2) The internet
Maybe it was just me, but I was surprised by the lack of easy internet access. It's entirely possible that real FSOs get help setting up real (and fast) internet connections, while interns are left to their own devices, and if so, it's entirely understandable. But our experience was terrible. It took several weeks to get ahold of an internet company and they quoted us a price of several hundred dollars a month for the slowest service. There are also the USB modems, but they worked badly if at all. It's not the end of the world to have bad internet, but it made it impossible for me to skype my parents for the entire ten weeks, or check my email at home, or download kindle books, or anything really, so in the end it was a major annoyance.

3) Roads
I'm sort of running out of things to complain about, but I will say that I found the roads mildly annoying. They are big fans of the speed bump in La Paz and that, combined with the narrow, twisting roads made for quite a few carsick moments. This isn't a huge deal though. 

4) The saltenas places all close at 11 am Think of the perfect lunch/snack food. Now picture you can never have it fresh at lunch/snack time. Yes. I'm really reaching now, but it is kind of annoying. 

5) Cooking... it's more difficult 
If you've ever tried to cook at altitude (say in Denver, at around 5,000 feet above sea level) then you can probably imagine that in La Paz - at 13,000 feet above sea level - baking can be a challenge. So much so that the best chef I met still hadn't figured out (after 2 years) how to make brownies happen. This makes boxed mixes basically useless, since you need to be able to adjust the quantities of things like baking soda (or whatever). So again, not a deal breaker, but worth considering if you're headed here in the future. Learn to cook a real cake and read up on high altitude baking and you should be fine. 

Ok, that's my two cents! Hopefully someone with more experience about schools and shipping and pets and all the rest can chime in on La Paz too.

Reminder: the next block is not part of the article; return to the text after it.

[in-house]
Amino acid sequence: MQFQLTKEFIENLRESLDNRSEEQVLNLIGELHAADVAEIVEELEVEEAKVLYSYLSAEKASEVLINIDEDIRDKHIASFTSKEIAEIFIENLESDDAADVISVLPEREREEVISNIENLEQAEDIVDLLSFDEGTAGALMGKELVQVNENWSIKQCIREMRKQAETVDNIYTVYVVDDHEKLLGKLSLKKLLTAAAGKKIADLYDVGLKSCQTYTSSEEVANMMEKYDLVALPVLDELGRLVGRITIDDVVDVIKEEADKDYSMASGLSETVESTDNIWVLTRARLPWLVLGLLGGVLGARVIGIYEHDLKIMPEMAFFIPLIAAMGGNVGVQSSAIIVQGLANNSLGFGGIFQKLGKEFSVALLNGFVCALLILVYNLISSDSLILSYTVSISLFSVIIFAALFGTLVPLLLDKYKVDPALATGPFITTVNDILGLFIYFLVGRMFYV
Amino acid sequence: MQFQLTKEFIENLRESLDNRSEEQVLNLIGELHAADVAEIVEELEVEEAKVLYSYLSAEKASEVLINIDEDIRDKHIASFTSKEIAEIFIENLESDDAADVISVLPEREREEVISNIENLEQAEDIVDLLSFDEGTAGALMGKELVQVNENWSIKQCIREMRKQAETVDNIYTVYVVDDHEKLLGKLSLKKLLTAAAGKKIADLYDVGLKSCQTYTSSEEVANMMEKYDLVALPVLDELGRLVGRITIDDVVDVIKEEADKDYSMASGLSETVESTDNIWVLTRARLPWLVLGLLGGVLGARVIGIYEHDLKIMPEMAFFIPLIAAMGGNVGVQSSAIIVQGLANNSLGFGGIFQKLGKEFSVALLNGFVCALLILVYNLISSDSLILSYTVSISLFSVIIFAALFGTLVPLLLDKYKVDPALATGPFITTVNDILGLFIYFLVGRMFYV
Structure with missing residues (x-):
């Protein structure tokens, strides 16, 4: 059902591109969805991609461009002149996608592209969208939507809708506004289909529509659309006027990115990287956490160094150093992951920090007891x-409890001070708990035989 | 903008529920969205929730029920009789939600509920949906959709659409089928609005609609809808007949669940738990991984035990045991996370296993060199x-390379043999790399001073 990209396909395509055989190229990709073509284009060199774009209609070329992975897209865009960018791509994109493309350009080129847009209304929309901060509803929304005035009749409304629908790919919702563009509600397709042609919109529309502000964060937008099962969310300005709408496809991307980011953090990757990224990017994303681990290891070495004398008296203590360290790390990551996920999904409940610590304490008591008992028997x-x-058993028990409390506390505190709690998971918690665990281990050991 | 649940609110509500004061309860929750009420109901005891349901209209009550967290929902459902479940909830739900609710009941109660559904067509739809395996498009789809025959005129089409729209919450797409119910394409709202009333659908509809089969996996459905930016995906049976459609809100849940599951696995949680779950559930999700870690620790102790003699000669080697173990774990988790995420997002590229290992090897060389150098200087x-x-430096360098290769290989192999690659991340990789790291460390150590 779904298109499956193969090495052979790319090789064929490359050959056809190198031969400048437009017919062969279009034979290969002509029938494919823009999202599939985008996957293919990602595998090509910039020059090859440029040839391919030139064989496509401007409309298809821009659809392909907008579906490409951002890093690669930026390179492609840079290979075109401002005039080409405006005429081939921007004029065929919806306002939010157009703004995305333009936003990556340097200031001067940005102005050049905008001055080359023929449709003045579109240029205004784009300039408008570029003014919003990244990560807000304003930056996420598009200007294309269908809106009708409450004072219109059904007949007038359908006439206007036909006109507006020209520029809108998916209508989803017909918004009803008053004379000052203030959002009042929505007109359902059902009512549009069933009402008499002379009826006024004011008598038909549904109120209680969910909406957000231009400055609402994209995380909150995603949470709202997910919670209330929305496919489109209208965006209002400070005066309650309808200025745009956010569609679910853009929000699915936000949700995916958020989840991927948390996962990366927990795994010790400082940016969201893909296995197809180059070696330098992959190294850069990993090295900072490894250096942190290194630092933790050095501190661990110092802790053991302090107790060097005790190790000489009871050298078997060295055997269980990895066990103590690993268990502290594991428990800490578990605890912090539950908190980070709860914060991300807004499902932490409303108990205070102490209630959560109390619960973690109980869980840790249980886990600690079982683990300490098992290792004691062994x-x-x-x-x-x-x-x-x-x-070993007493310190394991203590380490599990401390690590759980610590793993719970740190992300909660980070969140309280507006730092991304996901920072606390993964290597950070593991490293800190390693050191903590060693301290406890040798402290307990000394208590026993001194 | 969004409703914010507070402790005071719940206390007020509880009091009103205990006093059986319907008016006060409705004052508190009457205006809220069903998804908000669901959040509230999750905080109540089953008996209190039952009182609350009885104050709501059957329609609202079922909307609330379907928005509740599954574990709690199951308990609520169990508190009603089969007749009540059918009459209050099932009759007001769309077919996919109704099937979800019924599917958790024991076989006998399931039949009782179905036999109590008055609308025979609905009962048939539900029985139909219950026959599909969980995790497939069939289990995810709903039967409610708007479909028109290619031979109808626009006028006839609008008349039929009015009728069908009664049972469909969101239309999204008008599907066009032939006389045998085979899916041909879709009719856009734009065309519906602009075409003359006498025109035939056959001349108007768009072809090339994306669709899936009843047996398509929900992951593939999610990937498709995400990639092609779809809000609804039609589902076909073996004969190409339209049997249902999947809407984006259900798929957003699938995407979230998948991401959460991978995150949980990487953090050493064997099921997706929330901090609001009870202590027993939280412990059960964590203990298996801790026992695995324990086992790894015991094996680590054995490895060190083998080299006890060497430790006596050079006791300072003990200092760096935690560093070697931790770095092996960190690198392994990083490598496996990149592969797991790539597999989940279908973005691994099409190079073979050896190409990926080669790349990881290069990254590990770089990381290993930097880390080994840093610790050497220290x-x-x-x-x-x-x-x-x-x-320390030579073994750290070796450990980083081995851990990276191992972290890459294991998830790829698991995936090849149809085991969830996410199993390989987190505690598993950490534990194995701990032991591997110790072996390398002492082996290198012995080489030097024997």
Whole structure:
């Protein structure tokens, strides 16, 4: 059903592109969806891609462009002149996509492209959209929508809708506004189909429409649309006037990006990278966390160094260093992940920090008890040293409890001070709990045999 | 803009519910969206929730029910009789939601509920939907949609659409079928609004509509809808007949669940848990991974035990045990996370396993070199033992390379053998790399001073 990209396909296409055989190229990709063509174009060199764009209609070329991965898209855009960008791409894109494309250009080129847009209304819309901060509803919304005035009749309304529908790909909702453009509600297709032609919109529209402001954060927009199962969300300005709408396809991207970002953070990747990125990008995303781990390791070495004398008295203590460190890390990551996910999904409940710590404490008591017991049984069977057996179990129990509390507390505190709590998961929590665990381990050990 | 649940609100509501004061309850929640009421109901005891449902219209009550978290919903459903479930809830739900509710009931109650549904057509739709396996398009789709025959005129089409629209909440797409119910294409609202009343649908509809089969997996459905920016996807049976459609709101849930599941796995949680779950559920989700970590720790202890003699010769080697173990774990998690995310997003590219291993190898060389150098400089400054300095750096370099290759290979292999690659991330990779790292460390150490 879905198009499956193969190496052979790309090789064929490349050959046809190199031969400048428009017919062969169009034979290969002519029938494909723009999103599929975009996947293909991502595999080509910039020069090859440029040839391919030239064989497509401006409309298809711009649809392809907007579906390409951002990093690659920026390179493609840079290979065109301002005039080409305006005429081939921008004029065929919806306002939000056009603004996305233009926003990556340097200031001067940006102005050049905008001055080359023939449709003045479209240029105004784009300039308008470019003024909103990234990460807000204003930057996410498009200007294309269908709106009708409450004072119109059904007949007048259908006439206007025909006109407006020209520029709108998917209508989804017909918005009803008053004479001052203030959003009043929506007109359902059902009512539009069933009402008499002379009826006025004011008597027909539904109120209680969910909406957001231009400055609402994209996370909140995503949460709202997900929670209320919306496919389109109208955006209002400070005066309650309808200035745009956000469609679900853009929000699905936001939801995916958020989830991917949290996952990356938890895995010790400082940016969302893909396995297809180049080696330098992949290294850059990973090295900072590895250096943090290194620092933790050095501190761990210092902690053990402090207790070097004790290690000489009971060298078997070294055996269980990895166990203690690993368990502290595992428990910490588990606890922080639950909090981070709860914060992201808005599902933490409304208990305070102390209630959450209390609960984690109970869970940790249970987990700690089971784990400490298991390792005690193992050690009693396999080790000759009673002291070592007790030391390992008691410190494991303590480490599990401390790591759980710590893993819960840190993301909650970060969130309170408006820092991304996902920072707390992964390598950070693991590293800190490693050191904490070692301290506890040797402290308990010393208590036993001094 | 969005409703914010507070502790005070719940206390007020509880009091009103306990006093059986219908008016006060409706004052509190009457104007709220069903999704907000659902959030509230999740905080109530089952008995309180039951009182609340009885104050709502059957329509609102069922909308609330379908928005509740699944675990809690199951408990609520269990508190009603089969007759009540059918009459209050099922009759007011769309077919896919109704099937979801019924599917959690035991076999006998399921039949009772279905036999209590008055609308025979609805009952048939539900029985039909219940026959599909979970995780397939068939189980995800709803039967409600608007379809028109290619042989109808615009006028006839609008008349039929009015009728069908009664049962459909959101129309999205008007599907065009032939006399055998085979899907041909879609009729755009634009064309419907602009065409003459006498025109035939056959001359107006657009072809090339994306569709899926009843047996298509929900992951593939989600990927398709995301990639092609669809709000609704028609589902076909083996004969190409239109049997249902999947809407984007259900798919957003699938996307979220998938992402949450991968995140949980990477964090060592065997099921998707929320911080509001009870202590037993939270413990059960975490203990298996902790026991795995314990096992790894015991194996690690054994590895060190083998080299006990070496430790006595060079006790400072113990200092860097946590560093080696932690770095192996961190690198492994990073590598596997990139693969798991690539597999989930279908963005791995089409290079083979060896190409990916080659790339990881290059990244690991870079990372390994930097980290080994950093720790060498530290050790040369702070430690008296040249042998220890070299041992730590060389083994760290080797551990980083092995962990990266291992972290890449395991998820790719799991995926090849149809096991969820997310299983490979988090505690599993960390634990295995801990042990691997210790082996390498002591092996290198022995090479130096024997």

Friday, August 3, 2012

September 10th

... a day that will live in infamy.

 This is the day I join my A-100 class in DC. I hope the State Department is ready for me! (I also hope they have some decent housing left.)

Even though I've known for over two years that this was coming it's still exciting to see it in writing and get my invitation letter. I'm very excited to meet another FS blogger who I've been following for years and to connect with all my Pickering buddies. And of course, to get my hands on that bid list...

Now, on to the paperwork!

Home is...

Where did I leave off?

Oh yes, complaining about my hotel room in Cusco. Well, long story short I did something I've only done once before, ever. I asked for my money back and moved somewhere else. (The other time was a $20 hotel room in Gallup, NM. The biker gangs and the fact that the door wouldn't fully close - much less lock- tipped me off that a single 19 year old female was not going to be safe spending the night there.) This time I just had a snobby moment and decided that I'm not a poor student now and it's time I stopped acting like one. I found a more civilized hotel, bought myself a giant slice of chocolate cake with dulce de leche and camped out with the heater on full blast and the tv showing ridiculous cop dramas from the US. Clearly I was a bit homesick...

I saw Machu Picchu the next day. I'll give that it's own post later.

Then I spent a full day flying from Cusco to Lima to Sao Paolo to Asuncion. This also deserves its own post because I'm going to need a lot of space for all the complaining I plan to do about that trip. The good news however is that me and my important bag of stuff arrived safe and sound. I got to meet the Paraguayan inlaws and spend some quality time with the brother I haven't seen in way too long.

Paraguay so far has been beautiful and warm, even though this is their winter. We sat by a little lake and watched the waves go by. I wore actual shorts (for the first time this summer) and soaked up all the glorious heat. It made me very nostalgic for home. I think my bidding criteria might have a large weather component...

I'm torn between wanting to stay longer and savor the time with my brother and wanting to get home ASAP to see my parents. I'm just grateful to have had this opportunity at all. Pretty soon I won't be able to take this kind of time off, so I'm enjoying it while I can...

Well, that's it for now. You can expect plenty of updates from me this week, since my super awesome hotel has better internet than all the cafes of La Paz put together...